Tactile: Move an object to the sound of the whistle.

Imagination: Use slide whistle as accompaniment to movement in a role play.

 

Hand-Hand Chant

By Sue Trainor

 

As the leader chants, voice pitch should climb higher and higher, then slide slowly from high to low on “down.”

 

Hand, hand

Reach, reach

Up, up, up, up

Down!

 

How could we adapt this to use senses more?

Because this is a simple strategy, designed for developmentally young children, I recommend keeping it just this simple. Use hand over hand support as needed.

 

Can You Sit On Your Spot

By Sue Trainor

 

1.  Everyone is sitting on a designated spot. Leader calls; children respond.

Call: Can you sit on your spot ?   Response: Yes I can!

Call: Can you sit on your spot ?   Response: Yes I can!

Call: What are you doing?          Response: Sitting on the spot

Call: What are you doing?          Response: Sitting on the spot

 

Call: Can you clap on your spot ?   Response: Yes I can!  (clap in steady beat)

Call: Can you clap on your spot ?   Response: Yes I can!  (clap in steady beat)

Call: What are you doing?          Response: Clapping on the spot

Call: What are you doing?          Response: Clapping on the spot

 

2. Try another sitting motion or two. If everyone is holding their spot, try standing.

Call: Can you stand on your spot ?   Response: Yes I can!  (etc.)

 

3.  Call: Can you jump on your spot?   Response: Yes I can!  (etc.)

4. Ask for children’s suggestions for movement and substitute those actions into the chant.

5. End with:  Call: “Can You Sit on Your Spot”   Response: Yes I can!  (etc.)

 

How could we adapt this to use senses more?

Visual: Leader’s model, could use picture icons as appropriate for leader to choose the next movement. Another visual component of this is judging one’s own self-space. Can I see that I am in my place?

Aural: Chant.

Movement: Movement in self-space as described. Movement also can be extended to other positional concepts – stand in front, beside, behind, next to, under… Spots could be self-space in the context of a larger game  – like musical chairs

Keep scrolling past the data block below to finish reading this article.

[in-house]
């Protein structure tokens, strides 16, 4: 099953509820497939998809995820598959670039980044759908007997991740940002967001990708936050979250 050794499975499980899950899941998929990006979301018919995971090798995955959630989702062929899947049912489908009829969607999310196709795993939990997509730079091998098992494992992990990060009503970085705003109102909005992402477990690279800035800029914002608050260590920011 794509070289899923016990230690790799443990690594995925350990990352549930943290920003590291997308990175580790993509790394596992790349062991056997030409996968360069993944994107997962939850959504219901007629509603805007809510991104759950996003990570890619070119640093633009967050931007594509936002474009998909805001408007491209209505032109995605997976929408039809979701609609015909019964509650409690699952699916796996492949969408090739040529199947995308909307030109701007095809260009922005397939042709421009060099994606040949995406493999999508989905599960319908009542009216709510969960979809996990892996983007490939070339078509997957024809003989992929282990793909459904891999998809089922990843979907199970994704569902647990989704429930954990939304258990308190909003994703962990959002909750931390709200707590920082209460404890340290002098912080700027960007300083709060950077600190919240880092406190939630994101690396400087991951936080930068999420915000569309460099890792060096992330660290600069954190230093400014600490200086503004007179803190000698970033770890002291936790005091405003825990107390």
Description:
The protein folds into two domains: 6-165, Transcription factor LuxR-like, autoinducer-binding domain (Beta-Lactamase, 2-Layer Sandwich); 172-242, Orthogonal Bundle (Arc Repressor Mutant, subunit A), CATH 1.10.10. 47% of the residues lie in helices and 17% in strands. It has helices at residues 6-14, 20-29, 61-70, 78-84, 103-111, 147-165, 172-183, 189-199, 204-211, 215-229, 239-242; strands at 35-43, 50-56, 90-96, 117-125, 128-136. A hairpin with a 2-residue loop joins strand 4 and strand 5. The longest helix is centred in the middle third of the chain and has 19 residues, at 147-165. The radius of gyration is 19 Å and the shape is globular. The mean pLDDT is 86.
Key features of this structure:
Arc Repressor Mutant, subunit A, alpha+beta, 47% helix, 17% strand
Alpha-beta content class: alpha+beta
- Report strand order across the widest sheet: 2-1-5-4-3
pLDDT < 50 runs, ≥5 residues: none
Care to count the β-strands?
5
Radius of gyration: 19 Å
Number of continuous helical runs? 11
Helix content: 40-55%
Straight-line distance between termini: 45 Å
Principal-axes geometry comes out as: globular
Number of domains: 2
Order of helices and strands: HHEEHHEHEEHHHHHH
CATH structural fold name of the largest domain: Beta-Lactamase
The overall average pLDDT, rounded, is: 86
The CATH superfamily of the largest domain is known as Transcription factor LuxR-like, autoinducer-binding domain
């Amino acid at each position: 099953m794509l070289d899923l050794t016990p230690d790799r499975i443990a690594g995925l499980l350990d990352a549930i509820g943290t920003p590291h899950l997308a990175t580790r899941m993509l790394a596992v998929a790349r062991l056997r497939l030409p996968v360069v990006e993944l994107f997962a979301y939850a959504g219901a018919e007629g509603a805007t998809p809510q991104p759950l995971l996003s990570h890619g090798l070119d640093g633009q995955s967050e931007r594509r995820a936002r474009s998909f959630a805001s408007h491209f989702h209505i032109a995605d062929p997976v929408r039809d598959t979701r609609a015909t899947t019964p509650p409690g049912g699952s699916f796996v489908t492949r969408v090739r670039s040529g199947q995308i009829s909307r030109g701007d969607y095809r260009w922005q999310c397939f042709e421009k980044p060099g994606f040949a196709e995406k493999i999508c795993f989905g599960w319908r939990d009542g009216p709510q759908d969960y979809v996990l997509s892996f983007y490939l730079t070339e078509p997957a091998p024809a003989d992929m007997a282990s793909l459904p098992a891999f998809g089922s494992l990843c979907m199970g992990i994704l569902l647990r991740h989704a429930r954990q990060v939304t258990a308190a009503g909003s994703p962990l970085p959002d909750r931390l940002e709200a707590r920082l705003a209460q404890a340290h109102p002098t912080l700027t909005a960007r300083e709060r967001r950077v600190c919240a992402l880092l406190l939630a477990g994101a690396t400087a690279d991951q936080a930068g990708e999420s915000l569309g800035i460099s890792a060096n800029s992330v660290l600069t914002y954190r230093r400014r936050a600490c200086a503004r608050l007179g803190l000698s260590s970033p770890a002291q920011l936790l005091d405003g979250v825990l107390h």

Tactile: Can use spots with a prop or stuffed animal. Is the monkey on the spot? Clean-up – I often ask children to put the spot on some part of their body (head, shoulder, elbow…) and pick up the spots from there.

Imagination: Spots could be self-space in a storytelling sequence; for example, as the character’s “house” or safe space.

 Making a Circle with children  who are sitting in rows or just grouped:

1.     Can you stand on your spot…

2.     Can you pick up your spot…

3.     To the tune of “Shortnin’ Bread”

Let’s make a circle circle circle

Let’s make a circle just like this

Let’s make a circle circle circle

Let’s make a circle just like this

                  (Instruct children to take one or two steps back to enlarge the circle)

                  Spots up high, spots down low

                  Spots on the floor, here we go

4.     Can you sit on your spot….



Here’s What I Learned Chant

By Sue Trainor

Here’s what I learned, oh yeah

Here’s what I learned, oh yeah

Here’s what I learned in our lesson today

Here’s what I learned, oh yeah

Here’s what I learned, oh yeah

Here’s what I learned in our lesson today

 

How could we adapt this to use senses more?

Aural: Chant

Visual: Leader motions, icons for lesson concepts or segments

Movement: Create movements to go with it. I roll my arms and tap my knees

Tactile: Feel of the beat

Imagination: Recall of what we’ve done

 

 

Shake Those Eggs

By Val Carroll

1.     Transition: Hand one egg to each child, singing a transition song  such as (to “Skip to My Lou”) – “Here’s an egg for you and you, here’s an egg for you and you….”

 

2.     Slowly sing the song and model the motions described. Give children time to imitate.  Note the “C*” means C above middle C.

 

G          G          E     E      G       G         C*

Shake those eggs and shake them high

 

 F          F         F         F     A       G        D

Shake those eggs and shake them low

 

G          G          E     E      G       G        C*

Shake those eggs and shake them high

 

D            F     E            D    C        E   C   

Round and round and round we go

 

(same melody)

Shake and shake and shake and stop (3x)

Then we’ll shake and shake some more

 

How could we adapt this to use senses more?

Visual: We see the leader’s model, we could use a song icon

Aural: The song, the sound of the shakers

Movement: Moving with the shakers. We could add other movements and spatial directions. (also, see tactile)

Tactile: The feeling of the shaker and the sensation of the movement inside the shaker. Could substitute other instruments (tap that drum and tap it fast, tap that drum and tap it slow….) or things like scarves.

Imagination: Could be adapted into storytelling. We could be retelling “Giraffes Can’t Dance,” for example:

Giraffes in the circle now, dance up high

Giraffes in the circle now, dance down low

Giraffes in the circle now, dance up high

Now round and round and round you go

Dance and dance and dance and stop (3x)

Then the giraffes can sit back down.

 

Walking Through the Forest

 

 C     C     C    D    E  G   D   G   E   C

Walking through the forest, forest, forest

C    C     C      D   E  G

Walking through the forest

D      D  G  C

What do I see?

(chant) Sh sh sh, I think I see a ____  (Make sound effect and/or motion)

D     G  G   C

Come follow me!

 

How could we adapt this to use senses more?

Visual: Show a picture of a forest, show pictures of things we see in the forest, animal props

Aural:  song, animal sounds, recorded forest sounds